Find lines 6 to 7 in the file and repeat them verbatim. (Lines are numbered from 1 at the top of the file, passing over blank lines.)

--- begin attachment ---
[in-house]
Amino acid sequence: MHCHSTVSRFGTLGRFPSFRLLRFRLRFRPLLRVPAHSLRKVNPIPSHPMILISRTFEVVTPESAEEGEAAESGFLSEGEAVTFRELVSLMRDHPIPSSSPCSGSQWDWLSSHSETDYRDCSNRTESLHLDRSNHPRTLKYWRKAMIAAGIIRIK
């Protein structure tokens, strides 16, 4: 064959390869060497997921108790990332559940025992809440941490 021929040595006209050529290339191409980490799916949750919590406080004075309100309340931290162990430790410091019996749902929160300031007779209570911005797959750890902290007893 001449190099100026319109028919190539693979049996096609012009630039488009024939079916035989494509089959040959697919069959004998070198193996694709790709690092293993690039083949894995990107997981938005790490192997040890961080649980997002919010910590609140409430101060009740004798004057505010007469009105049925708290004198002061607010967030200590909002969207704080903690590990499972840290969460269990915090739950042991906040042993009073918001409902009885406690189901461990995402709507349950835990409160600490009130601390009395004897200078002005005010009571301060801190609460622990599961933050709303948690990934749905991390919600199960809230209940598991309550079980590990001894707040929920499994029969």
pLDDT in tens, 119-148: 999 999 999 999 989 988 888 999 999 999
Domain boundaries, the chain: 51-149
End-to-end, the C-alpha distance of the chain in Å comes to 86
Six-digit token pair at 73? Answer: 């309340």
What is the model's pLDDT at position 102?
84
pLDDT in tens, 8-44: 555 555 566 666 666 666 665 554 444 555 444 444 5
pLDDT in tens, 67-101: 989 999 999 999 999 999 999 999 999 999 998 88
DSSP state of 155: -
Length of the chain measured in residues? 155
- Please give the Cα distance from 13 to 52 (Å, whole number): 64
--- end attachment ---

End-to-end, the C-alpha distance of the chain in Å comes to 86
Six-digit token pair at 73? Answer: 């309340």